Sheikh Hamad bin Khalifa Al Thani, the emir of the state of Qatar, met with Russian president D. Medvedev, prime minister V. Putin, and Gazprom's top brass in Moscow on November 2-3. In Moscow's widely publicized reading, the energy security should include the security of suppliers, and from this standpoint the recent gas market trends are alarming Russia as the world's number one natural gas exporter. Due to the crumbling of the gas markets in 2009-2010 and to the dire prospects for recovery among the group of industrialized countries, European gas importers in particular, it appears unlikely that natural gas import and consumption volumes will be posting sustainable growth in the long-term. At the moment, Gazprom's loss of grip on the European gas market seems to be an accomplished fact.
Qatar's gas reserves – a proven total of 25.8 trillion cu m – are the world's third largest after Russia and Iran. Over the past several years, Qatar established itself as the top LNG supplier: in 2009, LNG accounted for 49.44 bcm of the country's 68.19 bcm output, the summary capacity of Qatar's liquefaction facilities reached 84.3 bcm annually, and the 2012 export target was set at 230 bcm.
According to the International Energy Agency (IEA), in 2009 Qatar's gas supplies to Europe swelled by a whole 114% and rose to 15.9 bcm, while Gazprom's share of the same market shrank from 25% to 22%.
No doubt, damping was a key reason behind Qatar's impressive gain. The surge in volumes of shale gas on offer in the US triggered an LNG market collapse in the country which forced Qatar and other LNG exporters to massively divert supplies to Europe. As a result, the European gas market contracting due to the economic downturn grew heavily oversupplied, and the gas had to be dealt at knock-down prices. Nevertheless, the pricing volatility across the gas markets cannot be explained away with a reference to various discounting strategies.
Currently we are witnessing the erosion of the European gas market's entire pricing system which used to rely on long-term contracts, take-or-pay clauses, and the oil-gas price link.On top of that, pipelines as dedicated supply chains are increasingly losing competition to LNG. The LNG share of the European gas import climbed from 12% in 2008 to 16% in 2009, and at present Europe boasts a fully functional LNG spot market offering much better prices than those set by the existing long-term contracts. The disparity of prices routinely enables importers to contest the basics of long-term gas supply deals in courts (1).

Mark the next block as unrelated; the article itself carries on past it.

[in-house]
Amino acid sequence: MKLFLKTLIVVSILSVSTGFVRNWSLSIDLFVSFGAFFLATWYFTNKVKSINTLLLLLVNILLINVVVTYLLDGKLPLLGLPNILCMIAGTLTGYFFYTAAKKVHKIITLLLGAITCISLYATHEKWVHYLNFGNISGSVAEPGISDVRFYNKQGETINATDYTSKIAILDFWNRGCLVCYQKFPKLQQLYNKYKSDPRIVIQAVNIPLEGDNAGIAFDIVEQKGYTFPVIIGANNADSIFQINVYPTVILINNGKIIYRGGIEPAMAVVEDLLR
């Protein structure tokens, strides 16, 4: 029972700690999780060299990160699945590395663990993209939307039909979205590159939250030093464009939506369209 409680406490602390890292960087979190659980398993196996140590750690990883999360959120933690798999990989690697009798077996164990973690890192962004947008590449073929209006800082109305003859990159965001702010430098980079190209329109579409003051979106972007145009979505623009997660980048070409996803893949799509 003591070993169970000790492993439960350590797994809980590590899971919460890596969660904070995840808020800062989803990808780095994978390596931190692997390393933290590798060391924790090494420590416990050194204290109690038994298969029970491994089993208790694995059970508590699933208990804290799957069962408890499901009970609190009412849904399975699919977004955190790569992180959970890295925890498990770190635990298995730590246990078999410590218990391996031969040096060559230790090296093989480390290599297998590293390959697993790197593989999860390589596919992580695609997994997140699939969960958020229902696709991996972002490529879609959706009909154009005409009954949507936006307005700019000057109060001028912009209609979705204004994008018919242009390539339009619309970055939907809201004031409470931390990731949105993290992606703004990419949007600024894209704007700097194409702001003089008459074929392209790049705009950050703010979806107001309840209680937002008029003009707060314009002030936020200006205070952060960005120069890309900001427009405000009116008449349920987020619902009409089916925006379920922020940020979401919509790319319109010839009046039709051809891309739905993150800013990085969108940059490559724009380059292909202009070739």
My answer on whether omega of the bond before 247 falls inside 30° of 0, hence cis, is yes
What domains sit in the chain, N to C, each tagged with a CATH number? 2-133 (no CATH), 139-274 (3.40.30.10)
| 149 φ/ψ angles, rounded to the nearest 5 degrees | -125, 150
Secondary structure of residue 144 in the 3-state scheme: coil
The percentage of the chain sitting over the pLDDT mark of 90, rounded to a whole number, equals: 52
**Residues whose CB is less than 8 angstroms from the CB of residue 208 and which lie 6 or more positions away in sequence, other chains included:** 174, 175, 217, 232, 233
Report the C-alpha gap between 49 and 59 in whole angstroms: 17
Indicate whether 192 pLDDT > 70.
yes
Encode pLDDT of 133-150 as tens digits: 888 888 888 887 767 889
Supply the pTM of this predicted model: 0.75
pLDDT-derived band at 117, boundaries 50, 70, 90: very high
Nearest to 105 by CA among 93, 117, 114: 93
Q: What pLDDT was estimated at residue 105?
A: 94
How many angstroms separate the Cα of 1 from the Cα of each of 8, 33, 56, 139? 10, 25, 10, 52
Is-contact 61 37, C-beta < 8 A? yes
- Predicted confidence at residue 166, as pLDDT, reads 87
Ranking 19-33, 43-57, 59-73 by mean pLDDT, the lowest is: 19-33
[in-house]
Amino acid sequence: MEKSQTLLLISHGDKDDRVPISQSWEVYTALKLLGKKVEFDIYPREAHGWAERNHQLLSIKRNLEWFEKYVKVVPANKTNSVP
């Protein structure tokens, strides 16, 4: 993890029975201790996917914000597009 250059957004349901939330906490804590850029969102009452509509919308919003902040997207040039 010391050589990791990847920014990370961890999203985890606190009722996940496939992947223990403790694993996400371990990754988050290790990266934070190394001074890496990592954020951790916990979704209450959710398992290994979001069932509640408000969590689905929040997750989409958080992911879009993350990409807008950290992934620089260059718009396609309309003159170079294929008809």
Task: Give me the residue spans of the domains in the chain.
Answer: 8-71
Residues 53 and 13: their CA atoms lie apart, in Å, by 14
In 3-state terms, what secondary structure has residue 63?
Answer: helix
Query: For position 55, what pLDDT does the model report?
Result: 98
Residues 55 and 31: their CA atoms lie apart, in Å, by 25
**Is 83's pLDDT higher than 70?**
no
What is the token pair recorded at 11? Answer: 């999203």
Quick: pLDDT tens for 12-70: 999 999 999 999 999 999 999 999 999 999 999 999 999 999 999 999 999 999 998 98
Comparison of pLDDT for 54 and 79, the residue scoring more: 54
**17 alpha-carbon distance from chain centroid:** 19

The price swings and their persistently low level make suppliers face practically unacceptable conditions, the potential response being coordinated supply volume management. Gas exporting countries simply have to switch from competition over gas markets to an alignment of their export strategies. Speaking at the Gas Exporting Countries Forum last April, Algeria's Minister for Energy and Mines Chakib Khelil called for cuts of natural gas offer as a measure aimed at putting a floor under prices. Qatar made serious steps in the direction: according to Bloomberg, it rolled out a 66% lower 2010 LNG supply target, closed six liquefaction facilities for maintenance in May-June, and announced plans to take two more off-line shortly. There is information that at least 8 tankers from Qatar's fleet of 23 LNG carriers await dephasing. Other members of the Gas Exporting Countries Forum must be equally interested in stabilizing prices and therefore urged to follow the lead.
Given the advent of new suppliers to the gas market and the global rise of LNG trade, Gazprom must be fully aware that – even though at present long-term contracts retain a role in gas supply – the future largely belongs to the LNG spot market. The impact of a further decoupling of gas prices from the oil reference price will not be limited to damages to suppliers' balance sheets – it will translate into the demise of the European gas trade architecture as a whole.Under the circumstances, suppliers are left with no choice but to synchronize export policies, perhaps to the point of sealing market-sharing deals.
The situation was discussed during the recent Moscow talks with the emir of Qatar. Gazprom's media service reported that the proposals on the table included joint investments by Gazprom and Qatar Petroleum and the cooperation between the two energy giants in Europe and Asia-Pacific. Qatar invited Gazprom to take part in gas production and liquefaction projects after 2014, the year the moratorium on expanding production at NorthField is to expire. In its turn, Qatar seeks admission to the construction of the Yamal liquefaction plant, and the option was brought up during the talks with president Medvedev. Prime minister Putin and sheikh Hamad bin Khalifa Al Thani focused on the interactions in the framework of the Gas Exporting Countries Forum. The Russian premier expressed support for the plan to convene the Forum's November, 2011 summit in Qatar. The Forum countries are determined to stabilize global gas prices, if necessary, by adopting elements of cartel organization in their ranks. The idea of a gas cartel used to draw intense US criticism, but these days – confronted with the tendency that is unlikely to evaporate – Washington opened talks about being issued a pass to the emerging alliance, clearly in the hope to exercise influence over it from within.
Igor TOMBERG is the Director of Energy and Transit Studies Center of the Institute for Oriental Studies of the Russian Academy of Science and professor at the Moscow State Foreign Relations Institute of the Russian Foreign Ministry